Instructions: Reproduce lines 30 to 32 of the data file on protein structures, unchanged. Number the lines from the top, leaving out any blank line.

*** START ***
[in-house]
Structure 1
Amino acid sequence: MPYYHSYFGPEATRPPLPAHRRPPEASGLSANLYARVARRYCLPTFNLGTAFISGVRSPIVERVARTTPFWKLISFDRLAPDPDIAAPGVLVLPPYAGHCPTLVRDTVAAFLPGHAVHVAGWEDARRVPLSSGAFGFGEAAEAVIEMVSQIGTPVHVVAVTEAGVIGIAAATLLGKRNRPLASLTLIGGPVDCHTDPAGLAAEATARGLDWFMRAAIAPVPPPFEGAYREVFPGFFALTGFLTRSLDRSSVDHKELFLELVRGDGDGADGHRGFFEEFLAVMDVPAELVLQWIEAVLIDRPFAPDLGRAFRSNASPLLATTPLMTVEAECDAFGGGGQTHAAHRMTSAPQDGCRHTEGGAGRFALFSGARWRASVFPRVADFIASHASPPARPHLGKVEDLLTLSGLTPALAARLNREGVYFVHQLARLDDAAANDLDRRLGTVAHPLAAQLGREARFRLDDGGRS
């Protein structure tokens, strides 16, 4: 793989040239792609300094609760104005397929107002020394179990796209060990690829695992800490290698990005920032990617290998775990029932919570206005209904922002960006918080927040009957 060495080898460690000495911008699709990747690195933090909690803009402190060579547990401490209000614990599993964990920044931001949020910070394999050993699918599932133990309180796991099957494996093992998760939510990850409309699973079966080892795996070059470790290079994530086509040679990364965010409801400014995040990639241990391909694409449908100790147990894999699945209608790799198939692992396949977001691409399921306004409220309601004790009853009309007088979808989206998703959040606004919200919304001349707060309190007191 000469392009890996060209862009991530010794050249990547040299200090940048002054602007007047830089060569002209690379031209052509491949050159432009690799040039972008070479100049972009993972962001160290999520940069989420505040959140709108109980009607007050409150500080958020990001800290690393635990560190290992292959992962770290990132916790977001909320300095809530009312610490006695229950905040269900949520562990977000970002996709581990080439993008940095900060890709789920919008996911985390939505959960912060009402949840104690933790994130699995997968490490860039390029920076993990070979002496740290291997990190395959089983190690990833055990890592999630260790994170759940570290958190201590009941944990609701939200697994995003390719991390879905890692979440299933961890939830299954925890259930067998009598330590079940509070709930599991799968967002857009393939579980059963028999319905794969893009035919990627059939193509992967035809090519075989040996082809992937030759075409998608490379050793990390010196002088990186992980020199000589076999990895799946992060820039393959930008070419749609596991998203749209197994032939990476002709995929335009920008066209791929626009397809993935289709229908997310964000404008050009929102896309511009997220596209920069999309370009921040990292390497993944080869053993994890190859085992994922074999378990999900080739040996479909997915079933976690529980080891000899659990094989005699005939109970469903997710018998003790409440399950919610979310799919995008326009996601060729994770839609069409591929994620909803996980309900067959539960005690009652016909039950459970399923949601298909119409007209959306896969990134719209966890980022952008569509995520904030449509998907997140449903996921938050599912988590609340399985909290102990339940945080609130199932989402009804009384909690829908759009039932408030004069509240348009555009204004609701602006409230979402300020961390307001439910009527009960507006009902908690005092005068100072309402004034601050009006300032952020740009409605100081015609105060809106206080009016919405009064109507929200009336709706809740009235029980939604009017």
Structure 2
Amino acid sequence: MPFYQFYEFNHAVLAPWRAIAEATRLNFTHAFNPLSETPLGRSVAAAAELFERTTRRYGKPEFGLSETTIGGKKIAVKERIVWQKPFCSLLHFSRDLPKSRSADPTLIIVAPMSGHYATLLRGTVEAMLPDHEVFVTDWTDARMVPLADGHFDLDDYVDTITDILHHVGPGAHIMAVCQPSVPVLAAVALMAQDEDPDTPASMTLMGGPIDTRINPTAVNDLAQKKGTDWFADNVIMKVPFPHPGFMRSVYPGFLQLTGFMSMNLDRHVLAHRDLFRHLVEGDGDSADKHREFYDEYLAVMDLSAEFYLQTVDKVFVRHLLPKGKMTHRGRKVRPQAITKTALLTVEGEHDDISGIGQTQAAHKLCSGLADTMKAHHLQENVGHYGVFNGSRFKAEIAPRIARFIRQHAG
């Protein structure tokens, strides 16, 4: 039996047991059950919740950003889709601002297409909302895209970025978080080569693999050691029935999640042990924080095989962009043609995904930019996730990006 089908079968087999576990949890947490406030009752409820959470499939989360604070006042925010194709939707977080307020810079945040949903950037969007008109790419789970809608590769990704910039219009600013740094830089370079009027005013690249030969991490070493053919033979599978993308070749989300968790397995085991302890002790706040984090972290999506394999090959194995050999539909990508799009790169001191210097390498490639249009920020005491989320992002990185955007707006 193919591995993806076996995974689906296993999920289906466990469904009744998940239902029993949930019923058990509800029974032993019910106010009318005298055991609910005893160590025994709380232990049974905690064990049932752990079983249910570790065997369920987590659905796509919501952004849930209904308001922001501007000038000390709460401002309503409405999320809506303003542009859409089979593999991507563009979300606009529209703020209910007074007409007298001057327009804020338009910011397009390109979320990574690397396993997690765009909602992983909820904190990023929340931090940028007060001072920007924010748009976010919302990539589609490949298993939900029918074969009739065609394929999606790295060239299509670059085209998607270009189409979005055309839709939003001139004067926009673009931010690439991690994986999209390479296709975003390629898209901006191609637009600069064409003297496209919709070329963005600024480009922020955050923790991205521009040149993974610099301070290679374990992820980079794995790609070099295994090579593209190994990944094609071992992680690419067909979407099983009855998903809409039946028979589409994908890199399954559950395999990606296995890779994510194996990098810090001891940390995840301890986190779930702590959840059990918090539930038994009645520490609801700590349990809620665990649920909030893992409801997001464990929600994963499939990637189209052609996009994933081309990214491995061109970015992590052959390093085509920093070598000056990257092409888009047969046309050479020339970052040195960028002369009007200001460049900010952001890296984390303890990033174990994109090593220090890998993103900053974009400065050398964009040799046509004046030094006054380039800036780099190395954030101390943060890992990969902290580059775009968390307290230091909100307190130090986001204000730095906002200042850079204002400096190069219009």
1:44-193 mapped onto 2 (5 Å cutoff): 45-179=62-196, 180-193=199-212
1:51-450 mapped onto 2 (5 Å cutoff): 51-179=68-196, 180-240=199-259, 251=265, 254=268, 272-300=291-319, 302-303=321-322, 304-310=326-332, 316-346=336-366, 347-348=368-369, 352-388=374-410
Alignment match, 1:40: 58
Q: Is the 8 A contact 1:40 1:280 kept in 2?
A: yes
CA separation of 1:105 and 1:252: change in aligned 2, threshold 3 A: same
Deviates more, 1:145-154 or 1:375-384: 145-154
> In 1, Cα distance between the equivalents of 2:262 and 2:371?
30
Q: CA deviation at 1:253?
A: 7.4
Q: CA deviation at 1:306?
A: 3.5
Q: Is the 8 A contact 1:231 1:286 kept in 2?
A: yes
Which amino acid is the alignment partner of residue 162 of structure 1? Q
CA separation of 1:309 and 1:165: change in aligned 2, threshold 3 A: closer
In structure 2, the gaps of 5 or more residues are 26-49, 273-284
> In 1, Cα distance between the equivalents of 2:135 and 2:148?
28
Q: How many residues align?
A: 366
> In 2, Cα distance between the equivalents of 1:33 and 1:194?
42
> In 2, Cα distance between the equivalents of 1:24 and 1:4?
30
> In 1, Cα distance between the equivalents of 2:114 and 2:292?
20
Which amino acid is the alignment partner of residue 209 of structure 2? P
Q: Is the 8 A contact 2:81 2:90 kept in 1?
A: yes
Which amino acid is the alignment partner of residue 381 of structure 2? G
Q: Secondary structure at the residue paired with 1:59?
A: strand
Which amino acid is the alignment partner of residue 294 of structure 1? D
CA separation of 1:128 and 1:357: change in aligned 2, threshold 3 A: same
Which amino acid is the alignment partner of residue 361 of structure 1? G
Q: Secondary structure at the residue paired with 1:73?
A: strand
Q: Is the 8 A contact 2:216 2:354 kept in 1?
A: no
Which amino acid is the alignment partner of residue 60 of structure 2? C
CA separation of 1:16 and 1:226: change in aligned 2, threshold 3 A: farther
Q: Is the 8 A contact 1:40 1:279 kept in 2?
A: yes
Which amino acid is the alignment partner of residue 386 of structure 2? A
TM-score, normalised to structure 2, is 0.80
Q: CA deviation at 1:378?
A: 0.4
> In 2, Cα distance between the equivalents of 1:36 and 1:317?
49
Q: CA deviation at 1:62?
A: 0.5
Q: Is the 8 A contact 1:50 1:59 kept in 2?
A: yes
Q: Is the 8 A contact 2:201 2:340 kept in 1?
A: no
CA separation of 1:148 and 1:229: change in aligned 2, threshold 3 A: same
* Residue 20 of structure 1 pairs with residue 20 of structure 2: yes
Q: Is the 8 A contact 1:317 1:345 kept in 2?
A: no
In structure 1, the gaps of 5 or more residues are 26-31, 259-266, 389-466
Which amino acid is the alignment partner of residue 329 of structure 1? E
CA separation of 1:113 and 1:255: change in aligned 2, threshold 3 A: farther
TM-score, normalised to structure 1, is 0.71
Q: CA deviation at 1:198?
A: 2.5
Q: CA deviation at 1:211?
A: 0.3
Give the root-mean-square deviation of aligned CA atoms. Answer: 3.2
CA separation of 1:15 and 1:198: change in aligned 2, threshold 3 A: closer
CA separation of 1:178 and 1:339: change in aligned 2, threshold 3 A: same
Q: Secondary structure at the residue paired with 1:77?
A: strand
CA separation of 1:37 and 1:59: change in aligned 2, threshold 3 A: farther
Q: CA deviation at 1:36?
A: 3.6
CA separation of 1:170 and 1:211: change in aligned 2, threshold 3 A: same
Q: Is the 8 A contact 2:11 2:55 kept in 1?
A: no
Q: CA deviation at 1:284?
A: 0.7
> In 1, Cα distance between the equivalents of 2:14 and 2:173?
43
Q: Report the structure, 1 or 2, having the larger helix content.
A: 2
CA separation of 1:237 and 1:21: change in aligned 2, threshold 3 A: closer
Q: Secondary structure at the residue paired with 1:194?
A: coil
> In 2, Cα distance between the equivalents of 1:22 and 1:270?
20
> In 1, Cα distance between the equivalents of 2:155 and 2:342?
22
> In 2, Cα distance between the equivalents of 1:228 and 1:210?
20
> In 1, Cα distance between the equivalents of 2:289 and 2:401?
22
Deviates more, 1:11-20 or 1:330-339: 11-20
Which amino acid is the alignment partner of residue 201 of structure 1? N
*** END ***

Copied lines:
> In 2, Cα distance between the equivalents of 1:33 and 1:194?
42
> In 2, Cα distance between the equivalents of 1:24 and 1:4?